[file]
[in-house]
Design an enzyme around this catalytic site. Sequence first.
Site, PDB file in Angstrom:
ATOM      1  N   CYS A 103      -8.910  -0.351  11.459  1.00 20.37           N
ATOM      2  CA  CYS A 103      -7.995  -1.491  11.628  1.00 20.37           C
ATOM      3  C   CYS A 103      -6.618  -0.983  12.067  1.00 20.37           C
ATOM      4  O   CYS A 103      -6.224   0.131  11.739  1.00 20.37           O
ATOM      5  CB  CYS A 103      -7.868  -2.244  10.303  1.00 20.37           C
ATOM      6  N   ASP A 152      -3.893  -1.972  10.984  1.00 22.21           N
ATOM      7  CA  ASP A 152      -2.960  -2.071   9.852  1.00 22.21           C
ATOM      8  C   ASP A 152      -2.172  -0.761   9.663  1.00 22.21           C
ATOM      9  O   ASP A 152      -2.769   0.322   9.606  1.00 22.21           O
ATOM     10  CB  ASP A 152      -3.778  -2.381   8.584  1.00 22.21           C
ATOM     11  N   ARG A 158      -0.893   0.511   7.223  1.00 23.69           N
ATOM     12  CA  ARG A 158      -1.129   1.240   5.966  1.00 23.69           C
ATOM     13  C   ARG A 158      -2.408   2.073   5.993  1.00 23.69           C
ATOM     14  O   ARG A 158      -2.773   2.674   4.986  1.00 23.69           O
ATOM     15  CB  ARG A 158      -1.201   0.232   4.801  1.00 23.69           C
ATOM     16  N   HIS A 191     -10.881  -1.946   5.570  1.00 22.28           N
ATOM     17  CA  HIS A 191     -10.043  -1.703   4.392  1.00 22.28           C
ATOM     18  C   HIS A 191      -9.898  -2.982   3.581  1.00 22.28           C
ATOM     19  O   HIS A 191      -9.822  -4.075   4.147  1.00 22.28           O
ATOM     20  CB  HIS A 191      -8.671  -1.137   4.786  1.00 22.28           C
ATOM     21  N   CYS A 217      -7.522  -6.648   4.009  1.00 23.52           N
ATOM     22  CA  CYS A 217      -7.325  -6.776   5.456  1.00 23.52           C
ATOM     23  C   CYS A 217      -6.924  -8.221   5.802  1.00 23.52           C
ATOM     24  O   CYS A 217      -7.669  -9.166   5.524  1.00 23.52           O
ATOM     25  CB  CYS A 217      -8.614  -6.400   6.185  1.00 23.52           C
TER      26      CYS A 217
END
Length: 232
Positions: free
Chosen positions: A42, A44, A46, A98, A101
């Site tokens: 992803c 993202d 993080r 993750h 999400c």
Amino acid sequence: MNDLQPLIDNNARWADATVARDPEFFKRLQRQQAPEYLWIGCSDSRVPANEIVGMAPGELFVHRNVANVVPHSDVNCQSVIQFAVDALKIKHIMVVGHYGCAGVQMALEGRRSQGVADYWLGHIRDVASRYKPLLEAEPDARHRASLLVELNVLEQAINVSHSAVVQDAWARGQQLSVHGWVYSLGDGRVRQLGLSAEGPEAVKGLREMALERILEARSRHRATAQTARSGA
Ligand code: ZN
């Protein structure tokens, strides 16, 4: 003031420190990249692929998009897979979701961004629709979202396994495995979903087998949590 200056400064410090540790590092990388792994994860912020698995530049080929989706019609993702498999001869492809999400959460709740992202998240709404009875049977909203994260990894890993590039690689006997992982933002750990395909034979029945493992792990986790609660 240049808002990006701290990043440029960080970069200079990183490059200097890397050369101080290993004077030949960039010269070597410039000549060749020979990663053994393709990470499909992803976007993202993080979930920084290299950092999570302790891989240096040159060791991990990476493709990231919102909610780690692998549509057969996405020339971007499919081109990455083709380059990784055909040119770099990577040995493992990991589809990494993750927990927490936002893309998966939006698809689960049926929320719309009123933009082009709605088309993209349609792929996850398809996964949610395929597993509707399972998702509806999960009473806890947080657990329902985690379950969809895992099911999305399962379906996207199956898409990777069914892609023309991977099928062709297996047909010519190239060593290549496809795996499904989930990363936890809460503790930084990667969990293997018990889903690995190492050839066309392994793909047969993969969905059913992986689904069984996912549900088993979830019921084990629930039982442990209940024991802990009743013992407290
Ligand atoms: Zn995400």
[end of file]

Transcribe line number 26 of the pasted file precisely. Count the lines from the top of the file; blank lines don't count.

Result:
ATOM     23  C   CYS A 217      -6.924  -8.221   5.802  1.00 23.52           C